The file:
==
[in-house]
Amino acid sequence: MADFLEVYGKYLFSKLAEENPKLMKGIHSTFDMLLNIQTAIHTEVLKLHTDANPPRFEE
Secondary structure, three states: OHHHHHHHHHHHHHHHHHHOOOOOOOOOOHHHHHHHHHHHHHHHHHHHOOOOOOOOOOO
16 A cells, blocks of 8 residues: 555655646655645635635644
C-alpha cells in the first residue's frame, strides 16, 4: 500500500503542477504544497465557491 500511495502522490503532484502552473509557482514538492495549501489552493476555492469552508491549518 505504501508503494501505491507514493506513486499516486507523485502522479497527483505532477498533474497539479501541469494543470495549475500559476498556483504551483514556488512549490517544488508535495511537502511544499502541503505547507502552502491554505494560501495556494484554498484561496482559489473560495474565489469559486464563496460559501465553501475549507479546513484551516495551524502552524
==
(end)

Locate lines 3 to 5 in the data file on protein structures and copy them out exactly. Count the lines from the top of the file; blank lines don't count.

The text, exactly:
Secondary structure, three states: OHHHHHHHHHHHHHHHHHHOOOOOOOOOOHHHHHHHHHHHHHHHHHHHOOOOOOOOOOO
16 A cells, blocks of 8 residues: 555655646655645635635644
C-alpha cells in the first residue's frame, strides 16, 4: 500500500503542477504544497465557491 500511495502522490503532484502552473509557482514538492495549501489552493476555492469552508491549518 505504501508503494501505491507514493506513486499516486507523485502522479497527483505532477498533474497539479501541469494543470495549475500559476498556483504551483514556488512549490517544488508535495511537502511544499502541503505547507502552502491554505494560501495556494484554498484561496482559489473560495474565489469559486464563496460559501465553501475549507479546513484551516495551524502552524